Hoosier Life & Casualty, Ian Woollen, Casperian Books, 2009
A family gathered in a hospital room is always a loaded litmus test. Who will make the first bad joke to try to break the tension? Who will collapse in tears? Who will smuggle in the hooch?
What do you get if you throw a millionaire insurance company CEO, a Civil War re-enactor and museum curator, a closeted filmmaker, a socially-conscious heiress, her Unitarian-Universalist choir-directing yoga-teaching best friend, a political striver, a mensch of an ex-juvenile offender named Elvis, corn-starch falling from the sky, a lost diary, and some rogue PsychClones together in one novel? A smart, warm, funny book with an offbeat sense of humor that is just plain fun, that's what.
Hoosier Life & Casualty is set in Indianapolis, described as the insurance capital of the Mid-west and a city with a small-town atmosphere. Everybody knows everybody else, and everybody knows your business. Despite their conniving and cover-ups (such as of the accident that created the PsychClones which occasionally sweep through the streets, sucking up careless bystanders and depositing them, days later, as lifeless shells of the former human beings they once were), corporations and their executives drive the city's economic, political, and social scenes.
Elvis Scurvine grew up in this town and knows every nook and cranny of every neighborhood. He's a divorcé with a juvenile record who has pretty well cleaned up his act, perhaps with the exception of forging a meaningful relationship with his young son. He and his best buddy Devon Eustiss still get together once a year at the state fair to reminisce about old times. This year, after leaving the fair, Devon spots Elvis's old truck, "The Beast," and on a whim, the men take off with it. Little do they know it now belongs to Marian Purlbaugh, heiress to Hoosier Life & Casualty. Elvis, who can't afford a "third strike" on his record, bails out to avoid capture, inadvertently taking Marian's diary along with him. The diary, of course, contains secrets that the family would rather not come out. In an unlikely turn of events, Marian and Elvis become close. Their romance is complicated by family maneuvering and manipulations, production of a Civil War movie, the line of succession at HL&C, and a little blackmail.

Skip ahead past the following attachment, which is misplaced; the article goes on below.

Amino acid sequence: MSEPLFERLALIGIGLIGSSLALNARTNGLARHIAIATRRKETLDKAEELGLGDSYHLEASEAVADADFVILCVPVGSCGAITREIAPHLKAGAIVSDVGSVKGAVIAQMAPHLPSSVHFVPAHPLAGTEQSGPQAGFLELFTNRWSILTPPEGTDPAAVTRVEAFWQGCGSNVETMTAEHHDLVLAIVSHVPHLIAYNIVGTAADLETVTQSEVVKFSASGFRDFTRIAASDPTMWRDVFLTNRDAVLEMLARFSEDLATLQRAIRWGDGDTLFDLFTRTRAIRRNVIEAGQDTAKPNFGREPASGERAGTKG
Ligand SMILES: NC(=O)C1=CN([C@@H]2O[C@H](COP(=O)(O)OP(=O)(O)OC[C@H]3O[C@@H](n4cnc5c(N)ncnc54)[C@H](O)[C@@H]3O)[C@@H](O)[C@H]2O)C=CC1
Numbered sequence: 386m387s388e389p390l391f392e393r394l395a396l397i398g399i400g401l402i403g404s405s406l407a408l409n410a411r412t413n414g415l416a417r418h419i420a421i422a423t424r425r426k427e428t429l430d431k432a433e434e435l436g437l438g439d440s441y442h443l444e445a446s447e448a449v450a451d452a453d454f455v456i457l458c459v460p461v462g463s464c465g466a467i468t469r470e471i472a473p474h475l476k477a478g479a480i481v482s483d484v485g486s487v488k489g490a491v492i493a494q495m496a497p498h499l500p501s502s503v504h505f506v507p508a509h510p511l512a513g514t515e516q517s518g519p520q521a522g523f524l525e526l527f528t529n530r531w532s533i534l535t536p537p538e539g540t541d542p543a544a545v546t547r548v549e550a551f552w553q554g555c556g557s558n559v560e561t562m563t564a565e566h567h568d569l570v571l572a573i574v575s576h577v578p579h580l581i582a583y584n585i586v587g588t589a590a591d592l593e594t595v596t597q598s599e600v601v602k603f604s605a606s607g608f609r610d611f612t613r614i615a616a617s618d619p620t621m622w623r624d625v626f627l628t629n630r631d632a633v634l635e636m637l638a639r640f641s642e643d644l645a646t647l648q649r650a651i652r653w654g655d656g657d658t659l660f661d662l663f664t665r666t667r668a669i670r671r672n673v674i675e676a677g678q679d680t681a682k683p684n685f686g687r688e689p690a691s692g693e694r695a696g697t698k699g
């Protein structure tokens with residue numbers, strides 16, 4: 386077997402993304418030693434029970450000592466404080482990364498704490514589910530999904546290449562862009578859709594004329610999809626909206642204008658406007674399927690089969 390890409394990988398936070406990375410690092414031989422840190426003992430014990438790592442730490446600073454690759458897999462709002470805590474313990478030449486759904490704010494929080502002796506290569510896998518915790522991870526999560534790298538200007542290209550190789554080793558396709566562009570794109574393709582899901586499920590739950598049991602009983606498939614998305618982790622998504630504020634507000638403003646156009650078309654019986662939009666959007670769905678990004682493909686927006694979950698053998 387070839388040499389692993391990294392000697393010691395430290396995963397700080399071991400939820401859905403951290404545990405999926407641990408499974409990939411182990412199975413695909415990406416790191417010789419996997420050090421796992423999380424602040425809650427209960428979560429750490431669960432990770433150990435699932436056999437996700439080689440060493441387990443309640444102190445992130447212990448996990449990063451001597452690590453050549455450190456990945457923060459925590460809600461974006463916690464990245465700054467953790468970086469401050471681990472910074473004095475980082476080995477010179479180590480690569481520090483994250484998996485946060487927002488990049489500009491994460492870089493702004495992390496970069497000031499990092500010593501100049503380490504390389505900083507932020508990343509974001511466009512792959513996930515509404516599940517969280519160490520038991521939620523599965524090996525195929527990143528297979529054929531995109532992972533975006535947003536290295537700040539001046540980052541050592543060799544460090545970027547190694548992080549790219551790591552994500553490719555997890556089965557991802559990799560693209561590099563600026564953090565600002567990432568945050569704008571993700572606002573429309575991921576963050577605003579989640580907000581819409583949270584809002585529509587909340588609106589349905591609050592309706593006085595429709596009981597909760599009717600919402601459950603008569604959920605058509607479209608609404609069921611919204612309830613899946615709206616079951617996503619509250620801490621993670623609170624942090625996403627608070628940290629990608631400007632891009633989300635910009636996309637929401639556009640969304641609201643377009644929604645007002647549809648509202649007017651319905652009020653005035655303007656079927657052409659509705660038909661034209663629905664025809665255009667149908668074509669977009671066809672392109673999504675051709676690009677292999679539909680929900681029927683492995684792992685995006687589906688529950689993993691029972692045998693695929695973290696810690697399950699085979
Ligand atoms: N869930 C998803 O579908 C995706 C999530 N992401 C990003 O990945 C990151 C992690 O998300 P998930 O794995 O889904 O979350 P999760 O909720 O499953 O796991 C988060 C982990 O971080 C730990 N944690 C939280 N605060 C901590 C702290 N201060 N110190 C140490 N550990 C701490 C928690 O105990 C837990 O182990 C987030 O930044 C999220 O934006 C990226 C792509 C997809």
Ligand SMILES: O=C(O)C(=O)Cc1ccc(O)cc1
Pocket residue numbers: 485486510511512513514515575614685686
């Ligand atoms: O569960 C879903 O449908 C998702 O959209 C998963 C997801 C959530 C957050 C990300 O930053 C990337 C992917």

Woollen writes with levity, wit, humor and plenty of humanity, resulting in very likeable characters and a very likeable novel, with enough depth to engage a thinking reader, and enough comedy to keep it entertaining. There were two places in the plot I wasn't wholly convinced of Elvis and Marian's reactions to each other's faults (I thought Elvis moved pretty quickly past one that would likely take more time and soul-searching for most people; I thought Marian overreacted to one of Elvis's later missteps), but it works overall. Woollen also manages to poke some fun at the bureaucratic behemoth that is the insurance industry without coming across as heavy-handed or promoting a personal agenda. I won't tell you what happens to our millionaire CEO, but I thought it was just perfect. If this sounds like your kind of story, it probably is.
Many thanks to the author for a complimentary copy of the book. All opinions expressed are my own.